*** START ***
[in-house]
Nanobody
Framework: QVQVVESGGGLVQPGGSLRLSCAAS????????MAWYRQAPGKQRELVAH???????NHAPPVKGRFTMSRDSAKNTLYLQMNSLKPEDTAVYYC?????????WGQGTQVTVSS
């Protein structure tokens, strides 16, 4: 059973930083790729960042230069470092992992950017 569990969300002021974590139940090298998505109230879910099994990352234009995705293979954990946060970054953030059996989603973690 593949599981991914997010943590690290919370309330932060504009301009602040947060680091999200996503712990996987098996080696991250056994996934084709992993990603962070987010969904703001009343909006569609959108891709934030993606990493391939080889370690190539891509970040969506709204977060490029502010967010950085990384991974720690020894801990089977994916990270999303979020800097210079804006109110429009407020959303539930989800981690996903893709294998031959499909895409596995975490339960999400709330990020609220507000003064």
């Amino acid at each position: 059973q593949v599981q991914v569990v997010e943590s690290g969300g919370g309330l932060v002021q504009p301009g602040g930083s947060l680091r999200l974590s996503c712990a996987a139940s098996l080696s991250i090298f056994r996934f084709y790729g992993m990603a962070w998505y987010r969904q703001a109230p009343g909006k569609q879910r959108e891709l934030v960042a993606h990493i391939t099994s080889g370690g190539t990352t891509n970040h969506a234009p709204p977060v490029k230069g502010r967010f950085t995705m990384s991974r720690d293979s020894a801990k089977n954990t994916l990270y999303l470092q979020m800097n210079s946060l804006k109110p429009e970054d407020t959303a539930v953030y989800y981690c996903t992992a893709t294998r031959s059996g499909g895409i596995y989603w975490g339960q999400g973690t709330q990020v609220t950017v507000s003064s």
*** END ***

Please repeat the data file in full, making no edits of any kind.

[in-house]
Nanobody
Framework: QVQVVESGGGLVQPGGSLRLSCAAS????????MAWYRQAPGKQRELVAH???????NHAPPVKGRFTMSRDSAKNTLYLQMNSLKPEDTAVYYC?????????WGQGTQVTVSS
């Protein structure tokens, strides 16, 4: 059973930083790729960042230069470092992992950017 569990969300002021974590139940090298998505109230879910099994990352234009995705293979954990946060970054953030059996989603973690 593949599981991914997010943590690290919370309330932060504009301009602040947060680091999200996503712990996987098996080696991250056994996934084709992993990603962070987010969904703001009343909006569609959108891709934030993606990493391939080889370690190539891509970040969506709204977060490029502010967010950085990384991974720690020894801990089977994916990270999303979020800097210079804006109110429009407020959303539930989800981690996903893709294998031959499909895409596995975490339960999400709330990020609220507000003064």
């Amino acid at each position: 059973q593949v599981q991914v569990v997010e943590s690290g969300g919370g309330l932060v002021q504009p301009g602040g930083s947060l680091r999200l974590s996503c712990a996987a139940s098996l080696s991250i090298f056994r996934f084709y790729g992993m990603a962070w998505y987010r969904q703001a109230p009343g909006k569609q879910r959108e891709l934030v960042a993606h990493i391939t099994s080889g370690g190539t990352t891509n970040h969506a234009p709204p977060v490029k230069g502010r967010f950085t995705m990384s991974r720690d293979s020894a801990k089977n954990t994916l990270y999303l470092q979020m800097n210079s946060l804006k109110p429009e970054d407020t959303a539930v953030y989800y981690c996903t992992a893709t294998r031959s059996g499909g895409i596995y989603w975490g339960q999400g973690t709330q990020v609220t950017v507000s003064s």